- Also Known As:
- IgE Allergy Test
- Quantitative IgE Test
- Immunoglobulin E Test
Test Quick Guide
Immunoglobulin E (IgE) is a type of antibody. Antibodies are proteins made by the immune system that help to defend the body against potential threats. The body makes many different forms of IgE, each of which is specific to a substance that triggers an immune response.
A total IgE test measures the amount of IgE antibodies in the blood and is the sum of all the forms of IgE. A total IgE test does not show which specific forms of IgE are present.
Total IgE testing is used to help diagnose some health conditions including certain types of infections and immune disorders. It may also be used to guide treatment in people who have asthma tied to allergies.
About the Test
Purpose of the test
The purpose of a total IgE test is to measure the sum of all kinds of IgE antibodies that are in the blood. The test is mainly used for diagnosis and treatment planning.
Diagnosis is the process of determining the cause of symptoms. Total IgE levels can be affected by many conditions, so total IgE testing by itself does not establish a diagnosis. However, a total IgE test may be helpful in the diagnostic process for specific health conditions that can cause abnormal total IgE levels including:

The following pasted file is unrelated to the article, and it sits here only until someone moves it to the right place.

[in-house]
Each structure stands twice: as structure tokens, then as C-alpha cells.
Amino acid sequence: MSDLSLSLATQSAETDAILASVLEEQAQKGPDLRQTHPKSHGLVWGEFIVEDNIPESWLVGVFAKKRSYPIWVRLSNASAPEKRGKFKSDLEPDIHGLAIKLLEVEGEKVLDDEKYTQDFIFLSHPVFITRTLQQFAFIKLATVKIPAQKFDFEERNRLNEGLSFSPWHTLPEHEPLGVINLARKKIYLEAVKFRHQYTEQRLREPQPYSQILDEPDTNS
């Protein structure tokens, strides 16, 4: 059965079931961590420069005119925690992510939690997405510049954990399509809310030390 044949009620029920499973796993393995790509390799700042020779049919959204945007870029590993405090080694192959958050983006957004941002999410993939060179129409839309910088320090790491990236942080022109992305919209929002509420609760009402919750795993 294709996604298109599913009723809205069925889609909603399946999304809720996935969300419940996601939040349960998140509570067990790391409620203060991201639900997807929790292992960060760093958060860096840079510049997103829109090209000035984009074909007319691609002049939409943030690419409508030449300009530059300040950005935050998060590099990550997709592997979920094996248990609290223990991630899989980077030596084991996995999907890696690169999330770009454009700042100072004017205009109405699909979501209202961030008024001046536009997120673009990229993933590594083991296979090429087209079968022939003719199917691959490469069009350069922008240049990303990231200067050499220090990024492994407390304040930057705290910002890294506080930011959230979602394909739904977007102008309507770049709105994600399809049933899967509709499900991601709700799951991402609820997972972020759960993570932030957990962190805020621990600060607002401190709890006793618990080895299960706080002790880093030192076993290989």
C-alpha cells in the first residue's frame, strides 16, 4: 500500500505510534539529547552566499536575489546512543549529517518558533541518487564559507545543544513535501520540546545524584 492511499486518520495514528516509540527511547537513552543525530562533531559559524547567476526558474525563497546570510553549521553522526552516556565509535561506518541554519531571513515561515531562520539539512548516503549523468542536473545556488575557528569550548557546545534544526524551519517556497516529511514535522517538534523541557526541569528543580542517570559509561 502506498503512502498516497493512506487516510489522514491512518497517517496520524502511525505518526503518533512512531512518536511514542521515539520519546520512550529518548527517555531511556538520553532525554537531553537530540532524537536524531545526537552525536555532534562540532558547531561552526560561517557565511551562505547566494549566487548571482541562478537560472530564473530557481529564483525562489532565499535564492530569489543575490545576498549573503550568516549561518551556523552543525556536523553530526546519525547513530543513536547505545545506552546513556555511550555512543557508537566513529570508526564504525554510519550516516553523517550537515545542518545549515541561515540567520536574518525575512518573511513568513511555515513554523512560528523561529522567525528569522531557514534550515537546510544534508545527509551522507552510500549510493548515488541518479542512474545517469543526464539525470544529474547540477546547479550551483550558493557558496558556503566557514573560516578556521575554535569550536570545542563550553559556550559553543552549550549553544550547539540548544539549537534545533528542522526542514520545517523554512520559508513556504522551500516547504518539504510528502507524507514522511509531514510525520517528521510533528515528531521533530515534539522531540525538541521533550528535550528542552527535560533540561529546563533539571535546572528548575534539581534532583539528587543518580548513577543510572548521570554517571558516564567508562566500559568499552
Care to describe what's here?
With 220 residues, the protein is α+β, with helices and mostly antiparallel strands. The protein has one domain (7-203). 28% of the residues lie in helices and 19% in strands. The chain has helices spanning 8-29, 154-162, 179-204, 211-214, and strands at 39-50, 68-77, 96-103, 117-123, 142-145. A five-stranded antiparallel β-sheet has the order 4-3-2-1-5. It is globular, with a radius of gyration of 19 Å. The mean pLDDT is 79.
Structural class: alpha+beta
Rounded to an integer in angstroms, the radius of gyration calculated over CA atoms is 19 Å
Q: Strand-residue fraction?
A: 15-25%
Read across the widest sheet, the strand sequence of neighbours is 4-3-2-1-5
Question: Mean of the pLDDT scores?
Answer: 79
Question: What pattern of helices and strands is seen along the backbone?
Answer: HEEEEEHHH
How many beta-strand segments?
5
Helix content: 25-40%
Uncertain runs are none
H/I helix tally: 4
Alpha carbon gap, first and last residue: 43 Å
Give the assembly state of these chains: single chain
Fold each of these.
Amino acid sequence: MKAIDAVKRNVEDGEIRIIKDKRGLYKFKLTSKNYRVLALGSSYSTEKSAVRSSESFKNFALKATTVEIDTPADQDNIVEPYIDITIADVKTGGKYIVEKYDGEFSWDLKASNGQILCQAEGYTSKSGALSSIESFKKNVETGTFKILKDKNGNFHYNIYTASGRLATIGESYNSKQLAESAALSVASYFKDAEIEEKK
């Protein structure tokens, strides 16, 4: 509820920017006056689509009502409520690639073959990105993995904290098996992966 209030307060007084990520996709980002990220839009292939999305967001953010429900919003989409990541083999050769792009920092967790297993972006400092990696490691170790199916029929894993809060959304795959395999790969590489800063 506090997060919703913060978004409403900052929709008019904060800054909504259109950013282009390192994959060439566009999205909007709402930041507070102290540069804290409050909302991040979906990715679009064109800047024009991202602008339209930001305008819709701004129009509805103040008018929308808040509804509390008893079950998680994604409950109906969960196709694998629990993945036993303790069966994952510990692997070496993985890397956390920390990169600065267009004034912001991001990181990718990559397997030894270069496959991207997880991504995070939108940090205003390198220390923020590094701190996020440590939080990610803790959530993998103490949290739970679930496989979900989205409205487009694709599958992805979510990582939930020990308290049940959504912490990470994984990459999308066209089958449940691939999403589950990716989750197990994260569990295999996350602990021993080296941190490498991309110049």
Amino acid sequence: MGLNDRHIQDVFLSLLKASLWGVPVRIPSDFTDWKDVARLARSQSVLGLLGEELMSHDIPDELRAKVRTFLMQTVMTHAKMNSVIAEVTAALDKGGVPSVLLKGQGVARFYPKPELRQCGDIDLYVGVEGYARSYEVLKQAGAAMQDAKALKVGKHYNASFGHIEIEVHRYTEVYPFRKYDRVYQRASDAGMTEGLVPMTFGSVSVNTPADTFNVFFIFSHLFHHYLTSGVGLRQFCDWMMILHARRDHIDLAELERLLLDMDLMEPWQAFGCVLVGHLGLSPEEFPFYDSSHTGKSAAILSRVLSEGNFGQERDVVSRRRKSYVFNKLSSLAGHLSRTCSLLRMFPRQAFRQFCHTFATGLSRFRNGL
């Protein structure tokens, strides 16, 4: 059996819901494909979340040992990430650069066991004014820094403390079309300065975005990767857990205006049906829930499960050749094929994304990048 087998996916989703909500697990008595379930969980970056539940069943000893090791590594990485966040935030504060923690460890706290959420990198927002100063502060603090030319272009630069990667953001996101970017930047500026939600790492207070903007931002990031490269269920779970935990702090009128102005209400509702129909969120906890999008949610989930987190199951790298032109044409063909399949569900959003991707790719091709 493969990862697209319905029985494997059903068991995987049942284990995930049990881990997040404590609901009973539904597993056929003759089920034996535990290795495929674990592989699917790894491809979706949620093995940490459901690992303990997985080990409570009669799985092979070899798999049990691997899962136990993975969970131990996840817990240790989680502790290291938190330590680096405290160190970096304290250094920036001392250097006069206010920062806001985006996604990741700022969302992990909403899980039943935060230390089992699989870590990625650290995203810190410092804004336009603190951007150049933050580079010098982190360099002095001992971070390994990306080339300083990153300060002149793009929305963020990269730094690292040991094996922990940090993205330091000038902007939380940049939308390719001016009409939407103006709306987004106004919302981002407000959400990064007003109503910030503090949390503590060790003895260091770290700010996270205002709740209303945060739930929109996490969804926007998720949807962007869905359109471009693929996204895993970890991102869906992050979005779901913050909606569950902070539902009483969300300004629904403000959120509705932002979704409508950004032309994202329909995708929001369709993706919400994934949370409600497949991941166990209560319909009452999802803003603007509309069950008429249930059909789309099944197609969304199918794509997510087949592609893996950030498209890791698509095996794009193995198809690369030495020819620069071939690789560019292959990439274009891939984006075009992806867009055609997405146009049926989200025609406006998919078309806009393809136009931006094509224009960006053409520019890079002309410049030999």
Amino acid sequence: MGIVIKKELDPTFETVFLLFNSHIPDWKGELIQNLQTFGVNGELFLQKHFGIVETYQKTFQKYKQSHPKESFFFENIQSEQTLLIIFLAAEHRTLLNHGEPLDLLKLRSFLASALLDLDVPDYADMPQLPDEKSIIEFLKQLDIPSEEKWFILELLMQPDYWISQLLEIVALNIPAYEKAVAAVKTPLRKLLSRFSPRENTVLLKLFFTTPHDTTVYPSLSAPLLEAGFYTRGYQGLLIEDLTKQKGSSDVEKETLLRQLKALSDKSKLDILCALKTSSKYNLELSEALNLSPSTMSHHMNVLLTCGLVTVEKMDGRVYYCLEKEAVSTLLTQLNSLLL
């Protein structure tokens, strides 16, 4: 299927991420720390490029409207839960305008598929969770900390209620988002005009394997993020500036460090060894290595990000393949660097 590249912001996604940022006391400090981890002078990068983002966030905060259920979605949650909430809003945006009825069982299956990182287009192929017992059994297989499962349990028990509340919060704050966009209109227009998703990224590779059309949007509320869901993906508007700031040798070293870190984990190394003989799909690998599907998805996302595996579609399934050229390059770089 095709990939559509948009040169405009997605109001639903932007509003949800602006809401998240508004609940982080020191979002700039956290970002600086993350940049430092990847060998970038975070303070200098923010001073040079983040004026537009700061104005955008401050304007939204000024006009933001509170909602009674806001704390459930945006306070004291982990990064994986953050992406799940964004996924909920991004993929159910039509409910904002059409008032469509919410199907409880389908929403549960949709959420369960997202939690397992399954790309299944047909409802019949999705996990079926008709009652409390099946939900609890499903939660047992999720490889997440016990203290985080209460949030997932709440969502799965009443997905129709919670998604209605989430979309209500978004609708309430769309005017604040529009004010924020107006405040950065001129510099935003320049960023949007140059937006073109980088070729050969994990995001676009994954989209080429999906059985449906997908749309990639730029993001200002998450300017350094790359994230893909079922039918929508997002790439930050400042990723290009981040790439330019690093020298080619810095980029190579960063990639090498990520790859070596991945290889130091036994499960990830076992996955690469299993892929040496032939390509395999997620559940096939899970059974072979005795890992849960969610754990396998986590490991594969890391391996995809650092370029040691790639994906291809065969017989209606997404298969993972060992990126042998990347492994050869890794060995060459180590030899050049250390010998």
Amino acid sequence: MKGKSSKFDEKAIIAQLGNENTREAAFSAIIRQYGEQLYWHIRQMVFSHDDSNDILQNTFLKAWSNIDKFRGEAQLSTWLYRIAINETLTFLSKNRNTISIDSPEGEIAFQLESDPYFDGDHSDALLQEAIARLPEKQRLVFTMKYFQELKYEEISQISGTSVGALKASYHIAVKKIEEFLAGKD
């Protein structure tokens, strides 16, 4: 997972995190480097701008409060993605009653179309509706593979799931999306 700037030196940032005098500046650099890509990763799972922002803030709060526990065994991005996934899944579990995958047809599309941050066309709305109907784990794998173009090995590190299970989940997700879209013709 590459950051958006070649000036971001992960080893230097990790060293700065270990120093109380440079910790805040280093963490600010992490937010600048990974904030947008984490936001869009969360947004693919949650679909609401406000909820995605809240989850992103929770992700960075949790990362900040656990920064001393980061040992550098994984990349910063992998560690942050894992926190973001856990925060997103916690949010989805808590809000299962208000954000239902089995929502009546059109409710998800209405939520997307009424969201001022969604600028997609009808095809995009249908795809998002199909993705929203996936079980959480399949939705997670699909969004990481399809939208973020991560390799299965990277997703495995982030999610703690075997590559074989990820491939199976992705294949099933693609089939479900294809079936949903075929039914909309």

- Infections with parasites
- Allergic bronchopulmonary aspergillosis, which is an allergic reaction to a type of fungal infection in the lungs
- Certain kinds of immune disorders or cancers of the immune system
Infrequently, total IgE testing may be performed as part of allergy testing because many allergic reactions involve the production of IgE antibodies to normally harmless substances. However, total IgE testing cannot identify specific allergies or conclusively determine if a person has allergies at all. For this reason, it is not commonly used in allergy testing.
Treatment planning involves deciding what treatment may be appropriate for a patient. For people with asthma tied to allergies, a total IgE test may be used to determine whether certain types of treatment are likely to be beneficial.
What does the test measure?
The total IgE test measures the quantity of immunoglobulin E (IgE) in the blood. IgE is a type of antibody. Antibodies are proteins that the immune system produces to help defend against potential threats.
The immune system produces IgE antibodies for many specific substances. A total IgE test measures the sum of all these different IgE antibodies in the blood.
When should I get a total IgE test?
A total IgE test is usually only used in specific circumstances.
Your doctor may suggest a total IgE test if you have symptoms of an immune disorder, parasitic infection, or an allergic reaction from a fungal infection in your lungs. A total IgE test may be prescribed if you have asthma or if you have allergy symptoms like itchy or watery eyes, congestion, or sneezing.